Category Archives: Botswana


From: Charles Banda

May, June, July 2014 (MJJ) The Department of Meteorological Services (DMS) has concluded that during the months of May, June and July 2014; The northern parts of the country (Ngamiland, Chobe and northern parts of the Central Districts) are expected to experience largely normal with a tendency to below-normal temperatures.

Normal maximum and minimum temperatures for this region are 27°C and 9°C respectively. The eastern parts of the country (Northeast and southern parts of the Central Districts) are expected to experience largely normal with a tendency to above-normal temperatures. Normal maximum and minimum temperatures for this region are 24°C and 7°C respectively. The southern halve of the country (Kgalagadi, Ghanzi, Southern, Southeast Kgatleng and Kweneng) are also expected to experience largely normal with a tendency to above-normal temperatures. Normal maximum and minimum temperatures for this region are 23°C and 5°C respectively.

The Department has reviewed the state of the global climate systems and analyzed the temperature prospects for the period of May to July 2014. Subsequently, the temperature forecast for the upcoming winter season for Botswana was issued. The conclusions reached are based on the state of the Sea Surface Temperatures (SSTs) over the Pacific, Indian and Atlantic Oceans amongst others.

Note: DMS advises that the seasonal prediction is relevant only to seasonal time scale and relatively large areas. Nevertheless local and intra-seasonal variation may occur. This may result in cold spells from time to time. Users are therefore strongly advised to contact the DMS for further clarification, updates and additional guidance.

Department of Meteorological Services
P.O. Box 10100, Gaborone
Tel: 3612200
Corner Maaloso-Metsimothaba Road
Gaborone Village


From: joachim omolo ouko
News Dispatch with Father Omolo Beste
FRIDAY, APRIL 11, 2014

Rev Fr Gradus Ochieng’ Oneko was finally laid to rest at the Kibuye Cathedral grave yard today Friday, April 11, 2014. The burial ceremony began with Holy Mass presided over by His Grace, Zachaeus Okoth, the Archbishop of Kisumu assisted by Bishop Linus Okok.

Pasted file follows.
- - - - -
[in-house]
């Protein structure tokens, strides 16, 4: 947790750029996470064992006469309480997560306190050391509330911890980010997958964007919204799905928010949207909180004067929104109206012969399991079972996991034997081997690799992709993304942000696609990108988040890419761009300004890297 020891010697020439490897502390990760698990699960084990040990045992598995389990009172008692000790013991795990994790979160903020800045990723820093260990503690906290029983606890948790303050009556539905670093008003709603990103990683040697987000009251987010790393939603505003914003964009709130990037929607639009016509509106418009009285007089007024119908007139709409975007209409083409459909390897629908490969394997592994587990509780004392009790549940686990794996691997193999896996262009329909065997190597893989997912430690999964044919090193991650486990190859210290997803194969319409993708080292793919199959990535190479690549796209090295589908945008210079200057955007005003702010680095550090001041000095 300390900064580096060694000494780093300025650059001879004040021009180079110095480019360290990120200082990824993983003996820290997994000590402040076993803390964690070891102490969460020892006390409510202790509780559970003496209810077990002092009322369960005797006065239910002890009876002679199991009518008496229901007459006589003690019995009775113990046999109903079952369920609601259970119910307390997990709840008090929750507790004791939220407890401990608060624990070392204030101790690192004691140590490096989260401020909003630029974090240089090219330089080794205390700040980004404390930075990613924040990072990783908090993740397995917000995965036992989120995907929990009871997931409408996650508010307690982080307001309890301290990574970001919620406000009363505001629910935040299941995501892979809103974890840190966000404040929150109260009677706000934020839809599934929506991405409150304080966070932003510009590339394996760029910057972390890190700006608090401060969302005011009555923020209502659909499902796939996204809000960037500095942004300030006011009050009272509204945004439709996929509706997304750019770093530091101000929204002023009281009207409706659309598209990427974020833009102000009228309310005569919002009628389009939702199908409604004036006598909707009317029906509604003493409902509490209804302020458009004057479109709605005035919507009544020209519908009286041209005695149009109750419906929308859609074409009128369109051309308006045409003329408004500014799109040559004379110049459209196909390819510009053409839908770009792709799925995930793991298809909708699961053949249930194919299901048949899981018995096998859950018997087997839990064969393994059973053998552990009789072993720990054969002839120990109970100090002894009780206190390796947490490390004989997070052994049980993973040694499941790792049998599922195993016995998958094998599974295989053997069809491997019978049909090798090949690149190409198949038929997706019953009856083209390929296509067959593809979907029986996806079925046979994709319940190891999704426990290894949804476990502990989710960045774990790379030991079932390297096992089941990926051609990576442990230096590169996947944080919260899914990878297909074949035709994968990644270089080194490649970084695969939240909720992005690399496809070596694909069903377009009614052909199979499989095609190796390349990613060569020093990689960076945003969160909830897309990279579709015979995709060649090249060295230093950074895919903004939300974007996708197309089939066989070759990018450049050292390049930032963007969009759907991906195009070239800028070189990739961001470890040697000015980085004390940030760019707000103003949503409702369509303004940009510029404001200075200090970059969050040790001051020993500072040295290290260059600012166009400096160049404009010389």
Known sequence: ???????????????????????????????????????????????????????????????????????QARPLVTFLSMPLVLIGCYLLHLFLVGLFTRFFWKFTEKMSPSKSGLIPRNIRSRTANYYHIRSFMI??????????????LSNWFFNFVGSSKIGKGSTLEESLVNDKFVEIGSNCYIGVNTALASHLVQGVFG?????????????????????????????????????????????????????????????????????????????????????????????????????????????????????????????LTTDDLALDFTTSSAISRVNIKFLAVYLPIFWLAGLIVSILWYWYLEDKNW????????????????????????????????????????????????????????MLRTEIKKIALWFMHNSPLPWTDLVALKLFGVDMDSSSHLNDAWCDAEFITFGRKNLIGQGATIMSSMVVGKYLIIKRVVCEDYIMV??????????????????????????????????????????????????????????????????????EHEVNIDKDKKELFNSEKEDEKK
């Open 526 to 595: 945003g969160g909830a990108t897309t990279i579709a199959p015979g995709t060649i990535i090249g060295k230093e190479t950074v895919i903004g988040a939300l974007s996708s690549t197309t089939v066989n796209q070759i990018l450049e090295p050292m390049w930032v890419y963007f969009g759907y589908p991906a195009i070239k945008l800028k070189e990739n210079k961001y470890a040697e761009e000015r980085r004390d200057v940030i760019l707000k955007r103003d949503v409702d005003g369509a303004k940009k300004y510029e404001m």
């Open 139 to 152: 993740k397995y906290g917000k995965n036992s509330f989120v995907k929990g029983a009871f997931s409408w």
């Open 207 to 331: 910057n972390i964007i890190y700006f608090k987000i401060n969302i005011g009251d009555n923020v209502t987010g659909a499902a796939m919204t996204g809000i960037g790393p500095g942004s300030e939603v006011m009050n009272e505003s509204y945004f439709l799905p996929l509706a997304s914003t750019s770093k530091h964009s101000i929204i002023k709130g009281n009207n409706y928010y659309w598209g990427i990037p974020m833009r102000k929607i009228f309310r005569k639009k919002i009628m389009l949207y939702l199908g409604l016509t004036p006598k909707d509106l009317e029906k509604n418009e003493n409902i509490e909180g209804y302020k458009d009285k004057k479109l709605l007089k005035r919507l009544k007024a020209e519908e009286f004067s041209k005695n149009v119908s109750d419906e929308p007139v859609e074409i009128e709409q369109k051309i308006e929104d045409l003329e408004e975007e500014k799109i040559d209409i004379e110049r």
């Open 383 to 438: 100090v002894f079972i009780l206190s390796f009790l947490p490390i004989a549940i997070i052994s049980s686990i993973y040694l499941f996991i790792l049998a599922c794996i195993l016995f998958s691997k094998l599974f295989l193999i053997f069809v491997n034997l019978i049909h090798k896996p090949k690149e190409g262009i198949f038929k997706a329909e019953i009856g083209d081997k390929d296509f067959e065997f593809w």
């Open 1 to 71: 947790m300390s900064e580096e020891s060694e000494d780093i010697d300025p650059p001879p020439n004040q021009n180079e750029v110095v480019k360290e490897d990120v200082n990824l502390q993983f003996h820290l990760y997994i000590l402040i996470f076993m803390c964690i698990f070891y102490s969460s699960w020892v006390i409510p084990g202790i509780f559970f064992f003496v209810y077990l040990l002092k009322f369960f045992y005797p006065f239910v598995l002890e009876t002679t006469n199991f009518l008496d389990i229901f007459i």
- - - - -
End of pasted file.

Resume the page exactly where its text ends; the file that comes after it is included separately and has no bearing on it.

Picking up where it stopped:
According to one of the Kibuye church directors, this was one of the biggest funerals of a priest attended by about 4,000 people. The Cathedral was filled to capacity with thousands of mourners remaining outside who could not get a place inside the church.

Fr Gradus was dismissed from St Peter’s Minor Seminary along with the late Fr Norbert Owino. Because Fr Gradus and Norbert still wanted to become a priest, they were to finish their secondary outside. Fr Gradus went to Kisumu Day Secondary School.

After they completed they went to Archbishop Okoth who allowed them to go back to the seminary. He joined St Augustine Mabanga Major Seminary where he finished his philosophical studies before proceeding to St Thomas Aquinas National Seminary in Nairobi to study theology.

He was ordained to the order of priesthood in December 1984 together with Norbert Owino and Richard Odhiambo, current parish priest at St Teresa’s Cathedral Kibuye. One of their classmates, Rev Fr Gradus Oyaro who was also present at the funeral was being ordained for Kisii Diocese.

On the evening of December 25, 2007, we had a long chart with Fr Gradus on challenges to his vocation at Ukwala Parish where he served the longest. He compared his vocation to that of Jonah, a real person who lived in a real city just like us. Jonah was called by God to a wider ministry to Nineveh but was trying to doge the call.

Jonah was called to Nineveh. According to Genesis 10:11 Nineveh was founded by the notorious Nimrod. It was the wickedest city in the world, being located on the Tigris River in what is our modern day Iraq.

Jonah couldn’t believe God wanted him to save those wicked sinners. Jonah was running away from God’s call. Fr Gradus told me he never wanted to run away from God’s call but given challenges he was undergoing he almost quit for good.

What helped Fr Gradus to persevere from his vocation was his late mother Kornelia Rabach. He recalled how his mother could pray every evening during evening prayers and rosary for his perseverance to his vocation to priesthood.

Fr Gradus mediated a lot on the vocation and the tireless work of St. John Vianney, the patron of parish priests. He shared with me how the life of St. John Vianney nurtured his vocation and work a s a priest.

Born near Lyons, France, in 1786, John Vianney longed to be a priest despite the many odds against him, including his humble origins (as a young boy, he worked as a shepherd) and his limited schooling. As he began his seminary studies, he found the lectures in Latin especially challenging.

Whatever limitations he may have possessed, he did not lack for zeal. He won the battle with the books and was ordained a priest in 1815. His bishop assigned him to Ars, a remote village in France.

The new Curé (one who cares for souls)of Ars, as he came to be known, plunged into his work—restoring the parish church, visiting his new parishioners, teaching catechism. He urged his people to take their Sunday obligation more seriously.

His sermons were not only simple but fiery. John Vianney developed a reputation as a compassionate confessor with a special ability to “read souls,” the greatest gift from God. He had ability to understand the struggles of penitents and help them come to know and love God in a deeper way.

Fr Joachim Omolo Ouko, AJ
Tel +254 7350 14559/+254 722 623 578
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